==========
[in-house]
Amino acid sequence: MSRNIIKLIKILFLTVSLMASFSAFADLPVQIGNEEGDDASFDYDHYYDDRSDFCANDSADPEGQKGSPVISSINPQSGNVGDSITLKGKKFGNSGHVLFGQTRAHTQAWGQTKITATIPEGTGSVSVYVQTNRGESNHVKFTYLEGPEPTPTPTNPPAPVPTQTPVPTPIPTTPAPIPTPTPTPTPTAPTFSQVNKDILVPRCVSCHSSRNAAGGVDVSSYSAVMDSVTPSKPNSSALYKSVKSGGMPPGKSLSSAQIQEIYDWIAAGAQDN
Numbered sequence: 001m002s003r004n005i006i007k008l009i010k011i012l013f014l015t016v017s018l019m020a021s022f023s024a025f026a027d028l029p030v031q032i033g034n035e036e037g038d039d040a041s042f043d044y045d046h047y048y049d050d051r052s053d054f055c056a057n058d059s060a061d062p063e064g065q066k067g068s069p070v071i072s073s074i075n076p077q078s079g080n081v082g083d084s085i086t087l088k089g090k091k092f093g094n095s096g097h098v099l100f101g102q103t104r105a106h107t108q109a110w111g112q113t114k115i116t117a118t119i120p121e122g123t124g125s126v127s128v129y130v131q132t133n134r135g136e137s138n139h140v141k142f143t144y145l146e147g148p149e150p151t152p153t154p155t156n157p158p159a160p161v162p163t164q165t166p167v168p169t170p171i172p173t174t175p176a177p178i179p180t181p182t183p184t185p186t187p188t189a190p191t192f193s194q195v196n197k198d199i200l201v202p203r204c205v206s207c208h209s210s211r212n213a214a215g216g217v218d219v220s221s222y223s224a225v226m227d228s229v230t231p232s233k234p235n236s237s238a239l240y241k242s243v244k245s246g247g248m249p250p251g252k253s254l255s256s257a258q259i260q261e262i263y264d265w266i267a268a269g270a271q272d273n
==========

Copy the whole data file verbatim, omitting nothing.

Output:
[in-house]
Amino acid sequence: MSRNIIKLIKILFLTVSLMASFSAFADLPVQIGNEEGDDASFDYDHYYDDRSDFCANDSADPEGQKGSPVISSINPQSGNVGDSITLKGKKFGNSGHVLFGQTRAHTQAWGQTKITATIPEGTGSVSVYVQTNRGESNHVKFTYLEGPEPTPTPTNPPAPVPTQTPVPTPIPTTPAPIPTPTPTPTPTAPTFSQVNKDILVPRCVSCHSSRNAAGGVDVSSYSAVMDSVTPSKPNSSALYKSVKSGGMPPGKSLSSAQIQEIYDWIAAGAQDN
Numbered sequence: 001m002s003r004n005i006i007k008l009i010k011i012l013f014l015t016v017s018l019m020a021s022f023s024a025f026a027d028l029p030v031q032i033g034n035e036e037g038d039d040a041s042f043d044y045d046h047y048y049d050d051r052s053d054f055c056a057n058d059s060a061d062p063e064g065q066k067g068s069p070v071i072s073s074i075n076p077q078s079g080n081v082g083d084s085i086t087l088k089g090k091k092f093g094n095s096g097h098v099l100f101g102q103t104r105a106h107t108q109a110w111g112q113t114k115i116t117a118t119i120p121e122g123t124g125s126v127s128v129y130v131q132t133n134r135g136e137s138n139h140v141k142f143t144y145l146e147g148p149e150p151t152p153t154p155t156n157p158p159a160p161v162p163t164q165t166p167v168p169t170p171i172p173t174t175p176a177p178i179p180t181p182t183p184t185p186t187p188t189a190p191t192f193s194q195v196n197k198d199i200l201v202p203r204c205v206s207c208h209s210s211r212n213a214a215g216g217v218d219v220s221s222y223s224a225v226m227d228s229v230t231p232s233k234p235n236s237s238a239l240y241k242s243v244k245s246g247g248m249p250p251g252k253s254l255s256s257a258q259i260q261e262i263y264d265w266i267a268a269g270a271q272d273n